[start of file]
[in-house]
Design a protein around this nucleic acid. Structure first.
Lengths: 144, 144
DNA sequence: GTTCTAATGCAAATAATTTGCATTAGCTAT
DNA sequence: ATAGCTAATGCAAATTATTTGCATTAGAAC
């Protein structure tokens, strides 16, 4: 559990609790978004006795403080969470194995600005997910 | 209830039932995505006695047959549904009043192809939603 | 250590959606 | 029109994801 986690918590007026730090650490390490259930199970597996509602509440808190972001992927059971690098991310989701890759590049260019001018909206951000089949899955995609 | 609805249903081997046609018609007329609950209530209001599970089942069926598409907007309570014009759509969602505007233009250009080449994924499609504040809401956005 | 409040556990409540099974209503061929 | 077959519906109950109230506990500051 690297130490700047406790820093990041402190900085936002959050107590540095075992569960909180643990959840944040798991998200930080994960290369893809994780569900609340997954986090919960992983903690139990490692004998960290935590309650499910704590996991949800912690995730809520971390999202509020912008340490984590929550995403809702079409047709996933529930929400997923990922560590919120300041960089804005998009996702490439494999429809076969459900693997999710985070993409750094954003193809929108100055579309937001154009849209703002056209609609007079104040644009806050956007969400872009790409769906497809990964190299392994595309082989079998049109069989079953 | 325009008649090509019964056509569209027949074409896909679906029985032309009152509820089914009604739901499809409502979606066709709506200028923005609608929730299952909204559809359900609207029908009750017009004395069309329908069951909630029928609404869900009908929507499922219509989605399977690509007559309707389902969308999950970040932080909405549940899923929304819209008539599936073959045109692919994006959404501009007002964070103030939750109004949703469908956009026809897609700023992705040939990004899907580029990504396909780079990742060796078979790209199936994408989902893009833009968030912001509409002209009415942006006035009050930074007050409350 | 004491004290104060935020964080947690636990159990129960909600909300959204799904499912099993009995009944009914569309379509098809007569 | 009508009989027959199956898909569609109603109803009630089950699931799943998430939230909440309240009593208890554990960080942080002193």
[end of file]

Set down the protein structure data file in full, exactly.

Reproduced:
[in-house]
Design a protein around this nucleic acid. Structure first.
Lengths: 144, 144
DNA sequence: GTTCTAATGCAAATAATTTGCATTAGCTAT
DNA sequence: ATAGCTAATGCAAATTATTTGCATTAGAAC
């Protein structure tokens, strides 16, 4: 559990609790978004006795403080969470194995600005997910 | 209830039932995505006695047959549904009043192809939603 | 250590959606 | 029109994801 986690918590007026730090650490390490259930199970597996509602509440808190972001992927059971690098991310989701890759590049260019001018909206951000089949899955995609 | 609805249903081997046609018609007329609950209530209001599970089942069926598409907007309570014009759509969602505007233009250009080449994924499609504040809401956005 | 409040556990409540099974209503061929 | 077959519906109950109230506990500051 690297130490700047406790820093990041402190900085936002959050107590540095075992569960909180643990959840944040798991998200930080994960290369893809994780569900609340997954986090919960992983903690139990490692004998960290935590309650499910704590996991949800912690995730809520971390999202509020912008340490984590929550995403809702079409047709996933529930929400997923990922560590919120300041960089804005998009996702490439494999429809076969459900693997999710985070993409750094954003193809929108100055579309937001154009849209703002056209609609007079104040644009806050956007969400872009790409769906497809990964190299392994595309082989079998049109069989079953 | 325009008649090509019964056509569209027949074409896909679906029985032309009152509820089914009604739901499809409502979606066709709506200028923005609608929730299952909204559809359900609207029908009750017009004395069309329908069951909630029928609404869900009908929507499922219509989605399977690509007559309707389902969308999950970040932080909405549940899923929304819209008539599936073959045109692919994006959404501009007002964070103030939750109004949703469908956009026809897609700023992705040939990004899907580029990504396909780079990742060796078979790209199936994408989902893009833009968030912001509409002209009415942006006035009050930074007050409350 | 004491004290104060935020964080947690636990159990129960909600909300959204799904499912099993009995009944009914569309379509098809007569 | 009508009989027959199956898909569609109603109803009630089950699931799943998430939230909440309240009593208890554990960080942080002193």